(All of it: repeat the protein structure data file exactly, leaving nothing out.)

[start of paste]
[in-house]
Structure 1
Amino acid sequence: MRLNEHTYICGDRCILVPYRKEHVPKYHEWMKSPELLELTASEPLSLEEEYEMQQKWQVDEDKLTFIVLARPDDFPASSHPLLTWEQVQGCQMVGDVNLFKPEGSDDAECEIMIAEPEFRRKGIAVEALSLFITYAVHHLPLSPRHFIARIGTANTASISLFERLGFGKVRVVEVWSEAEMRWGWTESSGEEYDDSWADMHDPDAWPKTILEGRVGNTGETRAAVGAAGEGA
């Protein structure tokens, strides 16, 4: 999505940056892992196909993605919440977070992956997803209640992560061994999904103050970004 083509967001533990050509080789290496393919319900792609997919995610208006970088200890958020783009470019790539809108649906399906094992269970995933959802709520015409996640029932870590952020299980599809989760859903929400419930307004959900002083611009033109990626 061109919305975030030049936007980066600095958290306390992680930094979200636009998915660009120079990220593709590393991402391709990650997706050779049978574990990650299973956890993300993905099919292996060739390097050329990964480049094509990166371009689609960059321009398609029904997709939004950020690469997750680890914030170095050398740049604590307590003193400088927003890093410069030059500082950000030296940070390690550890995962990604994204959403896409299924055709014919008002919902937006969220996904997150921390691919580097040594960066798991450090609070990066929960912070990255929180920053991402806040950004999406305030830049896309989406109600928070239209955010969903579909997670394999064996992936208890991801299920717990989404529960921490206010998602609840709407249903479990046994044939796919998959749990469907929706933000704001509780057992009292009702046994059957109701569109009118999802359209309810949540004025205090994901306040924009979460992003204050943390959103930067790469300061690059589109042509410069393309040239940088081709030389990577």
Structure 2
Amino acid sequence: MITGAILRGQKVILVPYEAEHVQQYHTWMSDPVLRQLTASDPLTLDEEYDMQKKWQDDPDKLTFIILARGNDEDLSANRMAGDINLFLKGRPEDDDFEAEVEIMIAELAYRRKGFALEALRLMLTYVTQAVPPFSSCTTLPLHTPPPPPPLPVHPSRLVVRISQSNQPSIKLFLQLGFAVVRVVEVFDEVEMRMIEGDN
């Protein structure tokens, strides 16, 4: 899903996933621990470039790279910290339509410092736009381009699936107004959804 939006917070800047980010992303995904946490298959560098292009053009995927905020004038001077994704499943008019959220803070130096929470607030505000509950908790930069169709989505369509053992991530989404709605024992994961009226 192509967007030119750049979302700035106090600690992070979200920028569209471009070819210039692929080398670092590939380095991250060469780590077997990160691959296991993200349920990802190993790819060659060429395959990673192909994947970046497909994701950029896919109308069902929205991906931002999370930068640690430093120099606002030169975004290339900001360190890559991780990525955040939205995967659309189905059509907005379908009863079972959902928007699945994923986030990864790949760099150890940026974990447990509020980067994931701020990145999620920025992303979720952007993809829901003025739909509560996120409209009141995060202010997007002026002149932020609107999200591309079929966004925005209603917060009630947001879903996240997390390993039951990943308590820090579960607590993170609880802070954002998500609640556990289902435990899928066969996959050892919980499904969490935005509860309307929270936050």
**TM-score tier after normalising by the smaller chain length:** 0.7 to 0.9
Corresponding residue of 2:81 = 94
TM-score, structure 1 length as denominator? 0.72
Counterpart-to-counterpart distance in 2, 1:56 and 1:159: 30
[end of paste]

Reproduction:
[in-house]
Structure 1
Amino acid sequence: MRLNEHTYICGDRCILVPYRKEHVPKYHEWMKSPELLELTASEPLSLEEEYEMQQKWQVDEDKLTFIVLARPDDFPASSHPLLTWEQVQGCQMVGDVNLFKPEGSDDAECEIMIAEPEFRRKGIAVEALSLFITYAVHHLPLSPRHFIARIGTANTASISLFERLGFGKVRVVEVWSEAEMRWGWTESSGEEYDDSWADMHDPDAWPKTILEGRVGNTGETRAAVGAAGEGA
């Protein structure tokens, strides 16, 4: 999505940056892992196909993605919440977070992956997803209640992560061994999904103050970004 083509967001533990050509080789290496393919319900792609997919995610208006970088200890958020783009470019790539809108649906399906094992269970995933959802709520015409996640029932870590952020299980599809989760859903929400419930307004959900002083611009033109990626 061109919305975030030049936007980066600095958290306390992680930094979200636009998915660009120079990220593709590393991402391709990650997706050779049978574990990650299973956890993300993905099919292996060739390097050329990964480049094509990166371009689609960059321009398609029904997709939004950020690469997750680890914030170095050398740049604590307590003193400088927003890093410069030059500082950000030296940070390690550890995962990604994204959403896409299924055709014919008002919902937006969220996904997150921390691919580097040594960066798991450090609070990066929960912070990255929180920053991402806040950004999406305030830049896309989406109600928070239209955010969903579909997670394999064996992936208890991801299920717990989404529960921490206010998602609840709407249903479990046994044939796919998959749990469907929706933000704001509780057992009292009702046994059957109701569109009118999802359209309810949540004025205090994901306040924009979460992003204050943390959103930067790469300061690059589109042509410069393309040239940088081709030389990577």
Structure 2
Amino acid sequence: MITGAILRGQKVILVPYEAEHVQQYHTWMSDPVLRQLTASDPLTLDEEYDMQKKWQDDPDKLTFIILARGNDEDLSANRMAGDINLFLKGRPEDDDFEAEVEIMIAELAYRRKGFALEALRLMLTYVTQAVPPFSSCTTLPLHTPPPPPPLPVHPSRLVVRISQSNQPSIKLFLQLGFAVVRVVEVFDEVEMRMIEGDN
């Protein structure tokens, strides 16, 4: 899903996933621990470039790279910290339509410092736009381009699936107004959804 939006917070800047980010992303995904946490298959560098292009053009995927905020004038001077994704499943008019959220803070130096929470607030505000509950908790930069169709989505369509053992991530989404709605024992994961009226 192509967007030119750049979302700035106090600690992070979200920028569209471009070819210039692929080398670092590939380095991250060469780590077997990160691959296991993200349920990802190993790819060659060429395959990673192909994947970046497909994701950029896919109308069902929205991906931002999370930068640690430093120099606002030169975004290339900001360190890559991780990525955040939205995967659309189905059509907005379908009863079972959902928007699945994923986030990864790949760099150890940026974990447990509020980067994931701020990145999620920025992303979720952007993809829901003025739909509560996120409209009141995060202010997007002026002149932020609107999200591309079929966004925005209603917060009630947001879903996240997390390993039951990943308590820090579960607590993170609880802070954002998500609640556990289902435990899928066969996959050892919980499904969490935005509860309307929270936050």
**TM-score tier after normalising by the smaller chain length:** 0.7 to 0.9
Corresponding residue of 2:81 = 94
TM-score, structure 1 length as denominator? 0.72
Counterpart-to-counterpart distance in 2, 1:56 and 1:159: 30